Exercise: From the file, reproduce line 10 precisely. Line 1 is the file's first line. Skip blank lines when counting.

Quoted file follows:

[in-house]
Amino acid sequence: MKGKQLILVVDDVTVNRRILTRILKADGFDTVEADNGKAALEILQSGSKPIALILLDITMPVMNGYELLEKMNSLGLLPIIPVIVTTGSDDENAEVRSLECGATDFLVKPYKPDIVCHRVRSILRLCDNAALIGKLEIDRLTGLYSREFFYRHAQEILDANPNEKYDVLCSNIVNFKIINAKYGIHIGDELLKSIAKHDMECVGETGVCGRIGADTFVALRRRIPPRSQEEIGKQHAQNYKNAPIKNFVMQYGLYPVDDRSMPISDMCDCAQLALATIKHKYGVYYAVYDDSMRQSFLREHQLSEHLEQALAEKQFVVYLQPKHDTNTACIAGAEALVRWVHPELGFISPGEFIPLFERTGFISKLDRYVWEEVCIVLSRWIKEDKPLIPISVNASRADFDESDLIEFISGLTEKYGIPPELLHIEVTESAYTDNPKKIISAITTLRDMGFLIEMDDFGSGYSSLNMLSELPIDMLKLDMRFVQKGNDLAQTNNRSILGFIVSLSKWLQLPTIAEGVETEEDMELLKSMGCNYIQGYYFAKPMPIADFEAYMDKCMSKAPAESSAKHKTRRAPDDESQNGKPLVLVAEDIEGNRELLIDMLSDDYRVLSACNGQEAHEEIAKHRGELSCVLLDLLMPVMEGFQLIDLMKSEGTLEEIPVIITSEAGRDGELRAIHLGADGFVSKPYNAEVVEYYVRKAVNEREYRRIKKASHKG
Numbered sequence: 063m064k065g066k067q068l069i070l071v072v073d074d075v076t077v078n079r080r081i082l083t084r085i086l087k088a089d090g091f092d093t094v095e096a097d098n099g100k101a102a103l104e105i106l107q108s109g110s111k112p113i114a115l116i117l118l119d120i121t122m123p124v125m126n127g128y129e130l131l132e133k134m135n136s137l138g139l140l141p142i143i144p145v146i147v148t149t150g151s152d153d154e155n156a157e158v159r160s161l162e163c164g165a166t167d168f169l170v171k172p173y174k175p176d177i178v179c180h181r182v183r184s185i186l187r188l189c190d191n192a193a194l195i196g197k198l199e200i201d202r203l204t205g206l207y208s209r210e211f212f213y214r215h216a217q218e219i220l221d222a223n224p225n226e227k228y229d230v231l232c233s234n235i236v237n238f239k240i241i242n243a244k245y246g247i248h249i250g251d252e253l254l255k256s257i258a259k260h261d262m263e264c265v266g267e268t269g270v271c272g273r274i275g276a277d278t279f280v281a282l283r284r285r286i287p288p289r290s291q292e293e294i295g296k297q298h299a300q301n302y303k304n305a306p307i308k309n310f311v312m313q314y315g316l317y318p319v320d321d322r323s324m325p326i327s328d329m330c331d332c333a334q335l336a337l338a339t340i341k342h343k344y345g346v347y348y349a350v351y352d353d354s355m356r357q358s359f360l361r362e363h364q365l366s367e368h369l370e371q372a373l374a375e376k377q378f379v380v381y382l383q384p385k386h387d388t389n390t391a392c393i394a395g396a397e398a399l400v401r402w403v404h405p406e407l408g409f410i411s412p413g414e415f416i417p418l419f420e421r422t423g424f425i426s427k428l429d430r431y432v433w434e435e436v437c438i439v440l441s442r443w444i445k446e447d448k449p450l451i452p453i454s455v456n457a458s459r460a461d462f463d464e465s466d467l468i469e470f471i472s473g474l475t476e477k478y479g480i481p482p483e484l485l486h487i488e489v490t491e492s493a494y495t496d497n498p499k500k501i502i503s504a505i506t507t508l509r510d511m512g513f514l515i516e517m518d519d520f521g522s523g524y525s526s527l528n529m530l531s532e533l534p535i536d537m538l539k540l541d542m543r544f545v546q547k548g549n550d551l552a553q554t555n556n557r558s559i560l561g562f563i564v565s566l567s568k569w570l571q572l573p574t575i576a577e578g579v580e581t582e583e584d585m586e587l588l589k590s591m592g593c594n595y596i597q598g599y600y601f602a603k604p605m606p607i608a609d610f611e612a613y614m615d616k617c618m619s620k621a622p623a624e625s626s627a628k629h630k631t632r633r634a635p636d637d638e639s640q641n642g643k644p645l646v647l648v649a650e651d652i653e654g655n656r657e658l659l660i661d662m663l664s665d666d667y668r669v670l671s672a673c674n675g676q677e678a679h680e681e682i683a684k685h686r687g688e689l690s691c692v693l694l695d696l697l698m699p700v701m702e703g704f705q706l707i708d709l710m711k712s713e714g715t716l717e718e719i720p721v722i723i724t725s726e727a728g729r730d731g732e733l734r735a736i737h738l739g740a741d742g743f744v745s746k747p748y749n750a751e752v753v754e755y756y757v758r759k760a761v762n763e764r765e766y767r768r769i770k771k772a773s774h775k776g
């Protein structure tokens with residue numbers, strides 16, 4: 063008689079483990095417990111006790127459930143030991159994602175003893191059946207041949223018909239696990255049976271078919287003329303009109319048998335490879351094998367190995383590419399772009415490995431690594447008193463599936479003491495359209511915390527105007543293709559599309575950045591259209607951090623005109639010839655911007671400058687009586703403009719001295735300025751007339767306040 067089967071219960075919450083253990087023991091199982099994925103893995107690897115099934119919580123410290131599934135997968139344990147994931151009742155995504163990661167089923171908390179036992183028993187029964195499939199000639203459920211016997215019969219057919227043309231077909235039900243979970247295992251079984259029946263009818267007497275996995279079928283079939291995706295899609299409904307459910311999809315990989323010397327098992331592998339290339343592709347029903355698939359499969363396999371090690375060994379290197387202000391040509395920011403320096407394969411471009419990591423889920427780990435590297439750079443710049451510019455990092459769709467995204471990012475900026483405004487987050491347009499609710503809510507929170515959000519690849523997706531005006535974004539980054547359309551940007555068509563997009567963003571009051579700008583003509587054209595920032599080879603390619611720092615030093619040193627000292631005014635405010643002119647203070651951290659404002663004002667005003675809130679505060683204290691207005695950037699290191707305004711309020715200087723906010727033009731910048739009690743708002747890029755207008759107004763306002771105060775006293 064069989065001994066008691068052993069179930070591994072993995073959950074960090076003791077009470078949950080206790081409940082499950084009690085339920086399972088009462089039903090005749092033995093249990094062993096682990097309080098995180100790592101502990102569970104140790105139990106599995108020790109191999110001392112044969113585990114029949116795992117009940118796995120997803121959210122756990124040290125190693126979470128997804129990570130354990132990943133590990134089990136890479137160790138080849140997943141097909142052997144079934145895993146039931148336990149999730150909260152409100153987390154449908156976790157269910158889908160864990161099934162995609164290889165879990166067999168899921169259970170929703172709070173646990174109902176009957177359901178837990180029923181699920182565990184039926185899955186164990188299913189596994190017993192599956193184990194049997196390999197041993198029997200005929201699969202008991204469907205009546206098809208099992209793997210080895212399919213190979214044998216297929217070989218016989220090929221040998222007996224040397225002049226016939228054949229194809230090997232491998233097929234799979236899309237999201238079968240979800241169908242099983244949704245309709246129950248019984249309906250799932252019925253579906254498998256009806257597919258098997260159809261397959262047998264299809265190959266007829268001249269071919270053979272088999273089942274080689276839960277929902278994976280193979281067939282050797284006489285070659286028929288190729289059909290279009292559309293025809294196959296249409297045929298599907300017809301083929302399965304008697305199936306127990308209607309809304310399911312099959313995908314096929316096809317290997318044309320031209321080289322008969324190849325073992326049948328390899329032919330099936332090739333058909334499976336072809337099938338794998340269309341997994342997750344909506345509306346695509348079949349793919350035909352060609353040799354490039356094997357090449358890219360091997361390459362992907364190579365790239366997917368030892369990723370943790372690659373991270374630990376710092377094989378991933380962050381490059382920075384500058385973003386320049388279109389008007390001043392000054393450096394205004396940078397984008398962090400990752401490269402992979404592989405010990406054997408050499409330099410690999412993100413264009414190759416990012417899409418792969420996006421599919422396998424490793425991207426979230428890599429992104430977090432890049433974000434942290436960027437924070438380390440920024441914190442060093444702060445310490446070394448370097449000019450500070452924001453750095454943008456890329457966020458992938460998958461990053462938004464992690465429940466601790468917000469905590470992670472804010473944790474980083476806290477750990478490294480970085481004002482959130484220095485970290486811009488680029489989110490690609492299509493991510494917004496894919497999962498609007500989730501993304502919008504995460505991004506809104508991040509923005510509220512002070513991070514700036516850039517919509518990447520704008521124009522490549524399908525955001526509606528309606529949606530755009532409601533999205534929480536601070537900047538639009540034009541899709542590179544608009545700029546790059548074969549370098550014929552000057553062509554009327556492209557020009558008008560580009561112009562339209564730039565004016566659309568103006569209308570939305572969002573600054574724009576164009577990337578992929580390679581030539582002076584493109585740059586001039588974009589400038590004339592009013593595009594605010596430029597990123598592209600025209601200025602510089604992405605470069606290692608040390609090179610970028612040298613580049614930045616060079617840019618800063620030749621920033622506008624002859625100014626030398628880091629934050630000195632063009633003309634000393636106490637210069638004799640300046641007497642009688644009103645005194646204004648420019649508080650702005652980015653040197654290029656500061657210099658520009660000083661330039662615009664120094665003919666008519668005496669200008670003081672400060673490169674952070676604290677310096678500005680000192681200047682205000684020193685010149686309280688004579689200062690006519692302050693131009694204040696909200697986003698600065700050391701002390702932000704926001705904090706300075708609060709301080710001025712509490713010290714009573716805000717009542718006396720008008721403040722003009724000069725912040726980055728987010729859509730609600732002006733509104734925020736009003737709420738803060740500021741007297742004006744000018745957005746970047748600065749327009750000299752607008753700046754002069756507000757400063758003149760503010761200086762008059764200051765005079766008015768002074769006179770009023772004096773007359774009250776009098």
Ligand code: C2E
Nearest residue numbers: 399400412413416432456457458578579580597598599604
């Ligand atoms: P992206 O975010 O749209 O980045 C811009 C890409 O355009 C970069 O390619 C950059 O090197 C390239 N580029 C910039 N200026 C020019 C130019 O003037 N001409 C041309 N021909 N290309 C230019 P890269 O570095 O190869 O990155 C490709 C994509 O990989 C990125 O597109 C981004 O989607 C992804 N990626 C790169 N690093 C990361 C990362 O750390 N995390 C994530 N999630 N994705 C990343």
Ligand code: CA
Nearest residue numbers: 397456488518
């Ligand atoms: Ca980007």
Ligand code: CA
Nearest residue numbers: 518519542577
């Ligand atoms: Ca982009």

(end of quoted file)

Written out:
């Ligand atoms: Ca980007």